With integrated circuits made available with a finer pattern, the cleaning solution is required to have higher cleanliness, whereas the number of extraneous particles brought into the cleaning bath tends to rather increase owing to an increase in the number of wafer processing steps or in the diameter of wafers.

In view of the situation described, JP-A-53083/1991, for example, discloses a method of preventing metallic contamination of semiconductor devices which is characterized by adding an anionic surfactant of short molecular length with 5 to 8 carbon atoms to an aqueous solution of hydrofluoric acid or the like. However, the surfactants mentioned for use in this method are only carboxylic acids or sulfonic acids represented by CxHyCOOH, CxHySO3 H, CxFyCOOH or CxFySO3 H (wherein x is an integer of 4 to 7, and y is an integer of 9 to 15), or salts thereof, and the publication contains no further description in greater detail and mentions nothing about the salts. Merely listed in Table 2 of the publication are carboxylic acids or sulfonic acids with 5 to 7 carbon atoms as the acids used in the examples. Although no generalized description is given as to the concentration of hydrofluoric acid and the like for use in the method, an acid of considerably high concentration, such as 6% HF or 5% HF, is used in the examples.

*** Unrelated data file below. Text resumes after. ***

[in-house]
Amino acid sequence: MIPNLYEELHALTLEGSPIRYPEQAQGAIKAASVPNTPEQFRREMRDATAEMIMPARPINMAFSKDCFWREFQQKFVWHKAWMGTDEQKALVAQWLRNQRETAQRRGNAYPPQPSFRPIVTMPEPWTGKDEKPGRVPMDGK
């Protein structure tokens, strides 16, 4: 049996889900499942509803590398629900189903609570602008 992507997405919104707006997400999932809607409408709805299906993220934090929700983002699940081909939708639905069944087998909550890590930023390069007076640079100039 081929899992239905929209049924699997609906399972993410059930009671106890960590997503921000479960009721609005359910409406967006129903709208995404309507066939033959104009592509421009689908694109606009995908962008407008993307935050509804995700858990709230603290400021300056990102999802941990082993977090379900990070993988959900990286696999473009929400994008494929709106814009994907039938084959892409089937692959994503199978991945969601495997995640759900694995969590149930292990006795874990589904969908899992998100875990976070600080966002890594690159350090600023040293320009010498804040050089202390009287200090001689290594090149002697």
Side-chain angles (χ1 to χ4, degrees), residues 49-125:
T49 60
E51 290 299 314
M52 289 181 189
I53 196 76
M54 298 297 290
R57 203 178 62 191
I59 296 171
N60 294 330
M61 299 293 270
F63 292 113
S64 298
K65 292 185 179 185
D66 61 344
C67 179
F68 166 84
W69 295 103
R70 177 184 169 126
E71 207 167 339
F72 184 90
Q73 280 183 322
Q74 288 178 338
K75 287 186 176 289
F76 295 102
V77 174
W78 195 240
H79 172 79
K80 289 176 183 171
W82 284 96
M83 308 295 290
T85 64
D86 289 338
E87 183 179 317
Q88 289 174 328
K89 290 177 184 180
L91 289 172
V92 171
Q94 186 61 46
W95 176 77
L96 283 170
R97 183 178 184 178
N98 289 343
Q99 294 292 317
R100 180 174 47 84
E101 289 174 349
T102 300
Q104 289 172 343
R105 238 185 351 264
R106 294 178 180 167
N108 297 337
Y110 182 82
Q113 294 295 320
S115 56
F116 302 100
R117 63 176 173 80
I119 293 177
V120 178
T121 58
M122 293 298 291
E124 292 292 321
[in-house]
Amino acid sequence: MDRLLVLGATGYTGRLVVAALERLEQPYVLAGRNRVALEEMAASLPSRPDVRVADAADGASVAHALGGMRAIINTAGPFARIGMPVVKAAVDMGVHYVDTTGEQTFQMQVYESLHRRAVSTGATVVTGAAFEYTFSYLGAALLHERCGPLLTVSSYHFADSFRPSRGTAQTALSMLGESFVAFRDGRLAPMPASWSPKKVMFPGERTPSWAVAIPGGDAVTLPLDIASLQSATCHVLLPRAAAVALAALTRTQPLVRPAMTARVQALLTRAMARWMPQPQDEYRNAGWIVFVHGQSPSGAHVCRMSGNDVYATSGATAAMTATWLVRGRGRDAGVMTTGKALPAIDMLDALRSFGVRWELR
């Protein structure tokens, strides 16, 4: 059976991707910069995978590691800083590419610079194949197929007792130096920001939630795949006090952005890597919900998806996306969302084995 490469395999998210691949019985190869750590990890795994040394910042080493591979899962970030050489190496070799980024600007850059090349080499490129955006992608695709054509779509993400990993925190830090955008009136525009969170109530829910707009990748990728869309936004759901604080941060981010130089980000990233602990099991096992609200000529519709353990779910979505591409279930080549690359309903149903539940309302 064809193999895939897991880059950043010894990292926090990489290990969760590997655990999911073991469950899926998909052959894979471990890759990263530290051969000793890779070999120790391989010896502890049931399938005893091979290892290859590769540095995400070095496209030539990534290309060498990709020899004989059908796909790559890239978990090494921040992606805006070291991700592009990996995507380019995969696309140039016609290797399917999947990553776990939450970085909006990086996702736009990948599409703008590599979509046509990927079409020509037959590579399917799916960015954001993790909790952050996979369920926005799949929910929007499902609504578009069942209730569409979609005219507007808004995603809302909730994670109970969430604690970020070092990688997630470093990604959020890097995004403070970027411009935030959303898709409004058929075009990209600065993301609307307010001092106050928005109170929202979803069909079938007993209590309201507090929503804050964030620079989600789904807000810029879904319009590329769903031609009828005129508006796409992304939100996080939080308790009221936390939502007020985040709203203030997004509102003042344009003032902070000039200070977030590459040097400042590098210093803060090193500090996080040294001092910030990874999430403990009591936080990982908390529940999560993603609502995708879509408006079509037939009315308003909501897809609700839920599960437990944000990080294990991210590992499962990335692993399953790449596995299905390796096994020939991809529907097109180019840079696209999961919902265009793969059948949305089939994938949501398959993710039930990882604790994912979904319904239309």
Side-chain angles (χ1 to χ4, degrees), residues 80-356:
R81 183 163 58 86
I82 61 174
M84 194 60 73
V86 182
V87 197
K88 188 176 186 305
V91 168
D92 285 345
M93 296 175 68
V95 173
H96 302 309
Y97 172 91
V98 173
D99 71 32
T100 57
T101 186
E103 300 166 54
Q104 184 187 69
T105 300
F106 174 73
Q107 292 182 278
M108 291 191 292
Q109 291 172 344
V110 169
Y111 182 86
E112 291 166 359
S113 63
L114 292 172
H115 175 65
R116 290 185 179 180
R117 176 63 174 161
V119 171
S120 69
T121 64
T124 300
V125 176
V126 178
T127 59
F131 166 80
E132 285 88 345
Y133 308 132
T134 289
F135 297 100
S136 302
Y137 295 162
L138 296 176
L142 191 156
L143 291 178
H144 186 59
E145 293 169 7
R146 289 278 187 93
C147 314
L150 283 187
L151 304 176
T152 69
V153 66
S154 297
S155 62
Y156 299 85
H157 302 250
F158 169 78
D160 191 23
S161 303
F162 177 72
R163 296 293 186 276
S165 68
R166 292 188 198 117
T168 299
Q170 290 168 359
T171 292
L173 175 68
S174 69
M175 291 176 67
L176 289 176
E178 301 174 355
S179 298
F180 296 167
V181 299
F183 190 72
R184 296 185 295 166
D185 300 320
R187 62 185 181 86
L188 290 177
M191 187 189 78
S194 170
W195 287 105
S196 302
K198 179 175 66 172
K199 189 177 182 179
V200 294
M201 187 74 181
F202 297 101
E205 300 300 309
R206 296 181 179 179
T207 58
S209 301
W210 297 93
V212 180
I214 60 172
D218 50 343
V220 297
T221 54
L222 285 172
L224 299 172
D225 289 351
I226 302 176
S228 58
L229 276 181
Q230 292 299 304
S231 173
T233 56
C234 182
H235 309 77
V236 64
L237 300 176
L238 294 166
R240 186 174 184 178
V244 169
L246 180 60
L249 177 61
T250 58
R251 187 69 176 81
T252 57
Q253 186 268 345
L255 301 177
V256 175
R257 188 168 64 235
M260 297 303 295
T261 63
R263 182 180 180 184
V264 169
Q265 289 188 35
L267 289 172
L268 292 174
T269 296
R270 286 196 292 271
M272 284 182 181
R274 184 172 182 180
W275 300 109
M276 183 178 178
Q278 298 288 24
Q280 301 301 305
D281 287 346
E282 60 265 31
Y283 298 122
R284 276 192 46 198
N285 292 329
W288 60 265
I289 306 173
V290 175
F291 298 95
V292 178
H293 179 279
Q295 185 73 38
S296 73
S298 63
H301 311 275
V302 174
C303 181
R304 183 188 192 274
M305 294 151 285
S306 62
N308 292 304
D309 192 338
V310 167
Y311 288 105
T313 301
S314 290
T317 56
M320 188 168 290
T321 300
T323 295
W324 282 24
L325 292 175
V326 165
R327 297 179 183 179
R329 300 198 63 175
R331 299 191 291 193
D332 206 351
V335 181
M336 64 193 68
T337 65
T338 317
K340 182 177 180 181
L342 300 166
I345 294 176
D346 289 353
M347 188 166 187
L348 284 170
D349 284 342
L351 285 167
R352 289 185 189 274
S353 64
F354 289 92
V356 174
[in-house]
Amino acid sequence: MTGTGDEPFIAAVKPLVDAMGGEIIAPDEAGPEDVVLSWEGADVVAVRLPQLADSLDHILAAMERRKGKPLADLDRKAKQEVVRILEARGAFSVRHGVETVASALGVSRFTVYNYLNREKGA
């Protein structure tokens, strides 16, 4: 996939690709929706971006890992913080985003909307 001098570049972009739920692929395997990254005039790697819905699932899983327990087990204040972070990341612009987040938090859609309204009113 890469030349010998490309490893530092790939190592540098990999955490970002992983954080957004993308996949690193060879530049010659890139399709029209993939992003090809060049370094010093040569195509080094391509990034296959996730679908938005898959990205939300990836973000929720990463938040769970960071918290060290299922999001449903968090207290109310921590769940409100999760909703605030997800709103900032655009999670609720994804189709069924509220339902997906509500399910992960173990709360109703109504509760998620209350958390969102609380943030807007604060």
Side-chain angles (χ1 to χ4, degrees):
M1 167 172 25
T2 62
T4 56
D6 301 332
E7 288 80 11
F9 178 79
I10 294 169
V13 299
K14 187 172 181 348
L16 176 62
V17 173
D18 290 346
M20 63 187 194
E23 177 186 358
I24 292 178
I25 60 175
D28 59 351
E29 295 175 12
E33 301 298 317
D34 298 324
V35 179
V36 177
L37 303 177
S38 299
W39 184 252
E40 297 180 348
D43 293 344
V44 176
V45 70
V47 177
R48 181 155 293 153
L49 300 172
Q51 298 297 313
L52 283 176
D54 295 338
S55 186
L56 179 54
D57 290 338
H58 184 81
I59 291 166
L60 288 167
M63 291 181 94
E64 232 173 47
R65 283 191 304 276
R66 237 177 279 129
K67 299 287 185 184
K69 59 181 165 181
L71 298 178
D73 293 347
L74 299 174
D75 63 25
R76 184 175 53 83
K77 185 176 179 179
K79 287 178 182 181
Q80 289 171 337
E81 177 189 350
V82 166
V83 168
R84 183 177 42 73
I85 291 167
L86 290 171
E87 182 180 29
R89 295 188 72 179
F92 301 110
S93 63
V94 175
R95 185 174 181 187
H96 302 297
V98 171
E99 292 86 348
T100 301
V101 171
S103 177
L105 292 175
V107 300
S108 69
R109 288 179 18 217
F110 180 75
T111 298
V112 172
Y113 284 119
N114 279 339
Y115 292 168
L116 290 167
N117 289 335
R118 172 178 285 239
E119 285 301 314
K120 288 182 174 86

JP-A-138142/1993 describes a technique concerning a method of controlling adhesion of fine particles in a solution which method is characterized in that a substance capable of controlling the zeta potential (surface potential) of the fine particles is added to the solution at a concentration in the range of 10-7 to 25 vol. % to thereby prevent or diminish the adhesion of fine particles which are present in the solution as the particles to be adsorbed, thus showing a cleaning method for preventing or reducing the adhesion of fine particles to the surfaces of semiconductor wafers or the like.